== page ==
Crabbing is still the major industry for the island but collapsing piers, empty shacks and vacant homes show that the the waterfront was once a bustling place.
(Walking around Ewell was like walking into the past. The pace was slow and easy. Let's face it, there is no where to go and you have all the time to get there, at least if you are a visitor and the ferry has already departed. I loved this town. It was sad to see a lot of the working waterfront in a state of disrepair. Old wood buildings and piers lay gray and sagging, aged from years of hard use and testament to when watermen could make a better living. It made for great photography and reminded me of some of the old small towns along U.S. Route 66 that I have visited, reminders of glory days long passed by. The townsfolk here were very friendly and helpful. Everywhere we walked people smiled, waived and said hi. Really what we think about as part of the American small town. A great stop.)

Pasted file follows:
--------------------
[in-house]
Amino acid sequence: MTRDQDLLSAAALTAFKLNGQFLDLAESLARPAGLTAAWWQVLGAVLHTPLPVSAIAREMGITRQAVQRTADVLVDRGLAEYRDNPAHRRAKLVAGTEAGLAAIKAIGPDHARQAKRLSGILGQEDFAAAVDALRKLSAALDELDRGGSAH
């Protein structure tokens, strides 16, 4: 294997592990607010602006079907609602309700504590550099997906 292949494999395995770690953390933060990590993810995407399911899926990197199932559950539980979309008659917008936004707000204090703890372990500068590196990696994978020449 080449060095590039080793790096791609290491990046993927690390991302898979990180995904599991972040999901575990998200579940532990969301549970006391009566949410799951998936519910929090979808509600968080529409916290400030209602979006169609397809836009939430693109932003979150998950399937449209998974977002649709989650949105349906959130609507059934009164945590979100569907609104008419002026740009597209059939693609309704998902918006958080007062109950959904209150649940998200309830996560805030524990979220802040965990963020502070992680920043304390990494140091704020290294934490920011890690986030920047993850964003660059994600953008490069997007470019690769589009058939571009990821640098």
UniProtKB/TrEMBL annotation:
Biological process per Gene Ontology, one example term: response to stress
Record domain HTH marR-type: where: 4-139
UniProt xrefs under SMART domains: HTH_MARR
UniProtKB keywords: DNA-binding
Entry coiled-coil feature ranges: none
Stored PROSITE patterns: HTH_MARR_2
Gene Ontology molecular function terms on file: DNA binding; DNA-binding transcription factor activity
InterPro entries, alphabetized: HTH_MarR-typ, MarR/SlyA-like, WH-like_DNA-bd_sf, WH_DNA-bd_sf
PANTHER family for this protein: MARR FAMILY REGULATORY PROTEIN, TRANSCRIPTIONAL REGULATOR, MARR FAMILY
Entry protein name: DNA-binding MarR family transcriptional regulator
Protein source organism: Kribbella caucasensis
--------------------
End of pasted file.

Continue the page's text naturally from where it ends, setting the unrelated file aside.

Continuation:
After dinner at Ruke's and cleaning our gear we took a walk around Ewell. I could easily see heading over there for a long weekend with a couple of good books and just relaxing for a while.
There is a little cultural center in Ewell, probably the newest and nicest building in the town. It was closed by the time we got there but we peeked in the windows. I think this nice little sail boat was carved by an islander.
We checked on the boat before sundown to make sure the lines were set to deal with the changing tides, then headed back to the b and b. The forecast for the next day once again included small craft warnings. I left the reefs tucked into the main that night.